I thought I would do a quick post on the basics of Flamenco Percussion, as percussion in The Mapmaker’s Opera (adapted from the novel by Béa Gonzalez) is an integral element to the sound world we create in the Musical. Contextually, we make use of the flamenco sound world especially in scenes that feature one of our main protagonists: Diego Clemente, who, in the story, emigrates to México from Seville, Spain.
Essentially Flamenco makes use of three percussive sound sources: 1. Palmas (a form of hand-clapping), 2. Pallillos (or Castanets) and 3. the Cajon.The most exciting sound, at least for me personally is the sound of palmas. The claps are essentially used to mark accents in the ‘compas’ – a way of counting through a cycle of musical beats (often 12) – much like musical accents from a drummer in other forms of contemporary popular musics. Here’s the thing: it’s not clapping in the ordinary sense (although from a distance, you’d be forgiven for thinking so) but in fact is made up of a number of variations in hard (fuertes) and soft (sordas or graves) claps, that when combined give that unmistakeable ‘flamenco’ colour. When the palmas is executed by using the fingers only of the right hand on the left palm, then this is referred to as palmas altas, or sometimes as palmas agudas. A palmas performer is known as a Palmero.
‘Palmas’ is not that easy to do, so heads up next time you hear someone doing it well!
Palillos, or castanets, are crafted from two concave “shells” attached together by string. The shells are made of stone, wood or, more commonly, fiberglass (get timber ones if you can). Usually two pairs of palillos of different sizes are used at the same time, creating a sound equally as reminiscent of the flamenco sound world as palmas. They are often employed by dancers (bailaor (m) or bailaora (f)).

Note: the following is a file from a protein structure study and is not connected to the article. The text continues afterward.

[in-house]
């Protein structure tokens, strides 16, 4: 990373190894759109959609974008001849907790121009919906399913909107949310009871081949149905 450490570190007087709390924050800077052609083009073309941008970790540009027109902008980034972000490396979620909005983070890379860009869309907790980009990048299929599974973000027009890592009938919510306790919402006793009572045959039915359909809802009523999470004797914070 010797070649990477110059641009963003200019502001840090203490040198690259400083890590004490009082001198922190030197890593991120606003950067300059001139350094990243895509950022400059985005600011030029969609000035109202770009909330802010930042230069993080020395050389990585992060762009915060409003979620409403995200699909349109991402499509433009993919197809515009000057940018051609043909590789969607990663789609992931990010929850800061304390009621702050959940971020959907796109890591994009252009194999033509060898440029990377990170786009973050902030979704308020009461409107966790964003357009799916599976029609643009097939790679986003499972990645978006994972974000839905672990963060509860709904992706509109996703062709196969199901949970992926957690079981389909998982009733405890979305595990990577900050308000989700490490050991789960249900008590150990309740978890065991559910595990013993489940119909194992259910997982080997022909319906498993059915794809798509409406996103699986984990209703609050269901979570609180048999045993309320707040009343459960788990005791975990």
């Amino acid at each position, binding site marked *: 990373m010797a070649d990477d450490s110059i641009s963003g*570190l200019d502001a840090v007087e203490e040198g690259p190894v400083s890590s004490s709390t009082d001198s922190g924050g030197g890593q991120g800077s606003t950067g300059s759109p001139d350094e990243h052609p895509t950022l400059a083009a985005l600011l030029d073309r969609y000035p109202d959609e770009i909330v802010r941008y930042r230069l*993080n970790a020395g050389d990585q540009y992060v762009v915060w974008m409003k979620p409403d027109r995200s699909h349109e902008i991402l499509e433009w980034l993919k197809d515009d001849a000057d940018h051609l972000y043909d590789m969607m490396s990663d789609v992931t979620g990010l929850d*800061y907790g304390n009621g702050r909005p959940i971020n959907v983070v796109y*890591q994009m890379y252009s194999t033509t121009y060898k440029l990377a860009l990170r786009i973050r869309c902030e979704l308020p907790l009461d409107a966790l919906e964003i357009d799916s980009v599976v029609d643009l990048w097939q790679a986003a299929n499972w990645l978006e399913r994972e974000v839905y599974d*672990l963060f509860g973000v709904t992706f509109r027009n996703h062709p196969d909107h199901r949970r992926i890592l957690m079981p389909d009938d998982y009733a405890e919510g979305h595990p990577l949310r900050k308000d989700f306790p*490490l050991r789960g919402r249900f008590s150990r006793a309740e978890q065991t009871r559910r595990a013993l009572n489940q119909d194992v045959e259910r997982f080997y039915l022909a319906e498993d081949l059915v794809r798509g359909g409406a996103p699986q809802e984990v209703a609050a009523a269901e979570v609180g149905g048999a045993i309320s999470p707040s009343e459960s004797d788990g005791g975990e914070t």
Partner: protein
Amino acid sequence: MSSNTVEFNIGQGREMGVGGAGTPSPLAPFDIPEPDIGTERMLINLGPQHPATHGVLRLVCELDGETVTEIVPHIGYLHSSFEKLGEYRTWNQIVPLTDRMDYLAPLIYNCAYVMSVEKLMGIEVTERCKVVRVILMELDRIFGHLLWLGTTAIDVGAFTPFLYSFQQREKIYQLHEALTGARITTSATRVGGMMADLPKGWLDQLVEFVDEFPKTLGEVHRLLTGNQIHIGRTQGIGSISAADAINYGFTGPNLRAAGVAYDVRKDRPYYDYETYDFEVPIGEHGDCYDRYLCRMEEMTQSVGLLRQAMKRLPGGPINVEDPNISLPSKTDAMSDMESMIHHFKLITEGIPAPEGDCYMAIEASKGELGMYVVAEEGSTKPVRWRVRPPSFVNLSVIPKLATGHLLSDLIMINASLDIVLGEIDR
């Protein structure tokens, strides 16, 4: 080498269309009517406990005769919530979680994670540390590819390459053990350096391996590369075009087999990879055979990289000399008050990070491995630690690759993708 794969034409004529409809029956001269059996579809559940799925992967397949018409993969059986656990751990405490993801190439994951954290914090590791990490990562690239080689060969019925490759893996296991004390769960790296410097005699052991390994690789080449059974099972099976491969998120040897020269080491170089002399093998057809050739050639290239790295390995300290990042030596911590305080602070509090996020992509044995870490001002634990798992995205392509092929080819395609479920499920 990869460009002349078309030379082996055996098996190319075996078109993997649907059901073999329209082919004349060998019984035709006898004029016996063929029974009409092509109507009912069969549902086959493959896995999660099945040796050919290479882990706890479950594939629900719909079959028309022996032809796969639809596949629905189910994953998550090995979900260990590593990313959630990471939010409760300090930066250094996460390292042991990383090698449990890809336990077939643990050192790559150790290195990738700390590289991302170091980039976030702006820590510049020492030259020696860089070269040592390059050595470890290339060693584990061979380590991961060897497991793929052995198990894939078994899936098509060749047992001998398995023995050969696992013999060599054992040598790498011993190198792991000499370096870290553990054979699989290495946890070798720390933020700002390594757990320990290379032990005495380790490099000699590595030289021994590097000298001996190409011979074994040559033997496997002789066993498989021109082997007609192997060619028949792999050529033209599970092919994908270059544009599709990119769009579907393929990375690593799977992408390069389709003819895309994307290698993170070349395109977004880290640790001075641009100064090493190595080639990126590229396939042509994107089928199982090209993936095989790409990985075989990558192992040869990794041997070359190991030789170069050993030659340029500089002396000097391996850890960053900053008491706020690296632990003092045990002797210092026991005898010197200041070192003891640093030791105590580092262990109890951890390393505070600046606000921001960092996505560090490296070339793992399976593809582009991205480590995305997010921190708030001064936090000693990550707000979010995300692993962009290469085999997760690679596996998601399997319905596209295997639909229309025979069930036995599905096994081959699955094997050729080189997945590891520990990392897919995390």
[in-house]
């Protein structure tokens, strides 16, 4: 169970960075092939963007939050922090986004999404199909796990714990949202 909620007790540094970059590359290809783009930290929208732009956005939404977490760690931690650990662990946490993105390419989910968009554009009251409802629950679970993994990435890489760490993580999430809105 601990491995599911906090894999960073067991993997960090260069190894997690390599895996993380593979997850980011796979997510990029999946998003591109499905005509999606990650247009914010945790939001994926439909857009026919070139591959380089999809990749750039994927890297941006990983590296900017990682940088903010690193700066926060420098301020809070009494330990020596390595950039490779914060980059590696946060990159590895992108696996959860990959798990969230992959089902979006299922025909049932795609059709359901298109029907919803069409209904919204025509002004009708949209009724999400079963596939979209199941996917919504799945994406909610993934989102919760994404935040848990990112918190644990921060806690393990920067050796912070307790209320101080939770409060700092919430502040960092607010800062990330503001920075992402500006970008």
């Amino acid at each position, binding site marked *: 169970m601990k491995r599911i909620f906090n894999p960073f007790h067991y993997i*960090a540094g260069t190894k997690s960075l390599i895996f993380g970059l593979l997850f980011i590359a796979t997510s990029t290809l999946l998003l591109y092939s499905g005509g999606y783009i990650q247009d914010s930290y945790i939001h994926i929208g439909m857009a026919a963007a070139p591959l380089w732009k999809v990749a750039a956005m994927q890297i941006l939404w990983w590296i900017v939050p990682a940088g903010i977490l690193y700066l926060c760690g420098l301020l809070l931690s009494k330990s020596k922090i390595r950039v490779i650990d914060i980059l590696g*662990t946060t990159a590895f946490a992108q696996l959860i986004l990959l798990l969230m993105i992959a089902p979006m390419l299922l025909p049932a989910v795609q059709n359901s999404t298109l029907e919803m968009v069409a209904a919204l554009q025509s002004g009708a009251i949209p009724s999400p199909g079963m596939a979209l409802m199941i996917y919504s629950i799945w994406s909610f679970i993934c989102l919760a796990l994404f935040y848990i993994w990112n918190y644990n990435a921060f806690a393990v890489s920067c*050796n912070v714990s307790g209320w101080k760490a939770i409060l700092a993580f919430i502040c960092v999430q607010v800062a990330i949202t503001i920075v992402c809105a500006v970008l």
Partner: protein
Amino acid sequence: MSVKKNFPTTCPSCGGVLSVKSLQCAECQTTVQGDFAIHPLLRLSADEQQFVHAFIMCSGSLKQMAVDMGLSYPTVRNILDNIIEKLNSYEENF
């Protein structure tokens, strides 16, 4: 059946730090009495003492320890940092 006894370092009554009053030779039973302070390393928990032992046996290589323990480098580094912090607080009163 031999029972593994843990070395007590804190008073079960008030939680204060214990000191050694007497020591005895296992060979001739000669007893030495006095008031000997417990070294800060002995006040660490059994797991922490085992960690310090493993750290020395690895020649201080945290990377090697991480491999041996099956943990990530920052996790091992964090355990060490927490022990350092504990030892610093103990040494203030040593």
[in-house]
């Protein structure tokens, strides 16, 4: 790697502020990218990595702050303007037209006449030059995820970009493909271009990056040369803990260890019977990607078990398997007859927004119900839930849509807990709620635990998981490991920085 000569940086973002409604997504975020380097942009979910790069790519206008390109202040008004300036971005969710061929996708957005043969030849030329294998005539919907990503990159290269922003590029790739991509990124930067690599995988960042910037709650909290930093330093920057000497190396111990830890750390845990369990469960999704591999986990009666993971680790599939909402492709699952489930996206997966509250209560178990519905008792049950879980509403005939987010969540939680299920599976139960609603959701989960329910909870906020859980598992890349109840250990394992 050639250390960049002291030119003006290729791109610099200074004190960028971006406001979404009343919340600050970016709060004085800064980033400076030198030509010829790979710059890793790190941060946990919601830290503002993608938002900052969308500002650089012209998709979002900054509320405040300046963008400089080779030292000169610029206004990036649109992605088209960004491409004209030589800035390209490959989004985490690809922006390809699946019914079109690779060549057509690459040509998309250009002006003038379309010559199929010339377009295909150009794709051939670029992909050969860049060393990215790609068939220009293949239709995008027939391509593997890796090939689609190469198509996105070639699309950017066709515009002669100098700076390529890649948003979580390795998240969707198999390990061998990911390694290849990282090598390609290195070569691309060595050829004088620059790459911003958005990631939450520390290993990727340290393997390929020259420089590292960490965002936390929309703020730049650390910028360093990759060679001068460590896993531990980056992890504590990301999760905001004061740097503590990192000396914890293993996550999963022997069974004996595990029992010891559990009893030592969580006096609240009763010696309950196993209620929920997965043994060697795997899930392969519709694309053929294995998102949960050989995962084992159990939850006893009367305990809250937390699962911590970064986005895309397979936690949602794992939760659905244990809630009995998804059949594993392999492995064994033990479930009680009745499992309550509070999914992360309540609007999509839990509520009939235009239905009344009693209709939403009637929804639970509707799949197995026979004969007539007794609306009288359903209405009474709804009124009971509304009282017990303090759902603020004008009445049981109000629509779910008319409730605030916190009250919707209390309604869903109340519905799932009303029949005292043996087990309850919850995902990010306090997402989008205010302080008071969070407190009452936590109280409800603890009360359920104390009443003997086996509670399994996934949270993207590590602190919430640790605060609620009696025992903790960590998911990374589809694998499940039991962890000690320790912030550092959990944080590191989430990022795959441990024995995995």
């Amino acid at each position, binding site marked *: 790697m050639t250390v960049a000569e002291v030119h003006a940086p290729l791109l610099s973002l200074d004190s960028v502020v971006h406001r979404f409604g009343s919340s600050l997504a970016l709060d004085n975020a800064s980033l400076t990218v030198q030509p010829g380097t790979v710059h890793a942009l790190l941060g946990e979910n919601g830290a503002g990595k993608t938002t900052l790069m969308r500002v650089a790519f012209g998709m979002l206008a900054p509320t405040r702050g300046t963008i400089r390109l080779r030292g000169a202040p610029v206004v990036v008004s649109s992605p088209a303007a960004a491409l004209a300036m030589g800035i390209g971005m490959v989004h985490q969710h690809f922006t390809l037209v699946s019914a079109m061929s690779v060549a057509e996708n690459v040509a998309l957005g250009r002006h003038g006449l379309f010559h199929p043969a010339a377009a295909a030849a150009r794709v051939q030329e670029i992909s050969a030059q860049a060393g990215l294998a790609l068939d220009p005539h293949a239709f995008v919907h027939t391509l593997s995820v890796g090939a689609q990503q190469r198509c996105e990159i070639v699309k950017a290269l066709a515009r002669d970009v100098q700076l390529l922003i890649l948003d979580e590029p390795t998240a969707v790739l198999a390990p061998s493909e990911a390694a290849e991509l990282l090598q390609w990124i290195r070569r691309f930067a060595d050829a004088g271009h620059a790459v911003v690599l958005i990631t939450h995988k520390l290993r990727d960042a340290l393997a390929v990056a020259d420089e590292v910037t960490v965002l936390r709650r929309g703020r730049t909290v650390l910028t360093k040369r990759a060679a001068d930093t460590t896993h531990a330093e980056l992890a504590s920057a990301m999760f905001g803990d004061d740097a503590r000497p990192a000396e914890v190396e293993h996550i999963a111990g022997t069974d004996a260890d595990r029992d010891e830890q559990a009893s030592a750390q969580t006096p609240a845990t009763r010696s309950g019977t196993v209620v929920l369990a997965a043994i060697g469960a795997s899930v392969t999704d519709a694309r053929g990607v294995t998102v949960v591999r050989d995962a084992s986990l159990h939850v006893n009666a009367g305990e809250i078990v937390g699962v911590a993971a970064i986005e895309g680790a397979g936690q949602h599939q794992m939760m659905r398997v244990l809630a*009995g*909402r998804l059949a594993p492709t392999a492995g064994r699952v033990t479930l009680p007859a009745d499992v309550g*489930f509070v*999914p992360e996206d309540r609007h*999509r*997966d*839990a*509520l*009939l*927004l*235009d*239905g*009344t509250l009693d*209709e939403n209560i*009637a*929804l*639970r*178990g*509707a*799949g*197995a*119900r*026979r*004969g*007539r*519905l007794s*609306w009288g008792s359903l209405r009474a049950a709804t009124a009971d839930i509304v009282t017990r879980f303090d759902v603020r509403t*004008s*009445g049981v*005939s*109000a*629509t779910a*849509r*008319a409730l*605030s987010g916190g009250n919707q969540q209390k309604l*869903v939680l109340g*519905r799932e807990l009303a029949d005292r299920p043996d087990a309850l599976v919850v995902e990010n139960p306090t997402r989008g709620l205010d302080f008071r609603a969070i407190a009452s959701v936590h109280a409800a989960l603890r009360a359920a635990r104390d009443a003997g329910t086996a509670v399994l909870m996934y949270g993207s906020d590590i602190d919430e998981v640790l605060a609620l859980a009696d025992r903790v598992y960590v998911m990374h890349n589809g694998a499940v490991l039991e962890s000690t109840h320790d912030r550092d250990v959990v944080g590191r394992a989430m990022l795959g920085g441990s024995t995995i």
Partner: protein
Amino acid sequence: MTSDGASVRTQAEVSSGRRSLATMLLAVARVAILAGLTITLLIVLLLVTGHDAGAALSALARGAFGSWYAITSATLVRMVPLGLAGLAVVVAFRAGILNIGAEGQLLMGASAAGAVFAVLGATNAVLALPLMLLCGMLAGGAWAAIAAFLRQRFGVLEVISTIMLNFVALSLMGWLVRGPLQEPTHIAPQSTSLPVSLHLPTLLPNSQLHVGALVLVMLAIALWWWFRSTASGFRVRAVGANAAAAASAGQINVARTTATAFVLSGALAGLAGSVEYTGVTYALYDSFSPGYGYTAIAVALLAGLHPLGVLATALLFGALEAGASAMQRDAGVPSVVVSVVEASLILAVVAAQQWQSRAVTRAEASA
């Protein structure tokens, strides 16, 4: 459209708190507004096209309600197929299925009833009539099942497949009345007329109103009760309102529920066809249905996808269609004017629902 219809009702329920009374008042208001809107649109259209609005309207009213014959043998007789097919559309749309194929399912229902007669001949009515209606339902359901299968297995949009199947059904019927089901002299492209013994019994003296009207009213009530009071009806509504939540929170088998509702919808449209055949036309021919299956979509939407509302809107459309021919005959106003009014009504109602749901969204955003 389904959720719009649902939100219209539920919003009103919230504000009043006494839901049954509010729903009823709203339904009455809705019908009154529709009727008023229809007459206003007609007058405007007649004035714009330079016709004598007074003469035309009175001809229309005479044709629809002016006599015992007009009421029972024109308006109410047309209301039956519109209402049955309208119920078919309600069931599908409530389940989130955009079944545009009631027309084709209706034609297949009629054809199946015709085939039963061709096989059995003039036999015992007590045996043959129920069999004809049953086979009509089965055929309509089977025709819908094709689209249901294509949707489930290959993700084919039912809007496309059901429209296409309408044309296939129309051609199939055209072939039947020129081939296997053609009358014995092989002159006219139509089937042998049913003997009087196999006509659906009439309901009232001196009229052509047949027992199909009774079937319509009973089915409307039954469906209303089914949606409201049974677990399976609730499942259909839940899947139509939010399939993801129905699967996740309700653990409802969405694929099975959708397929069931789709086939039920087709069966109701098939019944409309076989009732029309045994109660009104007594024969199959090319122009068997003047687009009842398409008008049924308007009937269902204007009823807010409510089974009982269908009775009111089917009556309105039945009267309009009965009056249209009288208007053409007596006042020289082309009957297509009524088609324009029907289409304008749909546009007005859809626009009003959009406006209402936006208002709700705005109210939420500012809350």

The last, and most modern percussive instrument is the cajon. It was only really introduced into Flamenco music in the 1970s. It’s a box of wood in its simplest definition. The back of the instrument has a hole cut in it to amplify very low frequency notes. Often played by the side of the fist or the heel of the palm, some cajon players also use their feet. The front-piece of the instrument is often made of plywood (much thinner than the other three sides of the box) which allows for a different, more resonant, sound. Less commonly known, is that the inside of the cajon is fitted with ‘snares’ somewhat akin to the snares used on a snare drum in drumkit, and which provides the slightly buzzy sound that can emanate from the instrument when played in certain places.
And there you have it – and introduction to Flamenco Percussion. It’s very cool.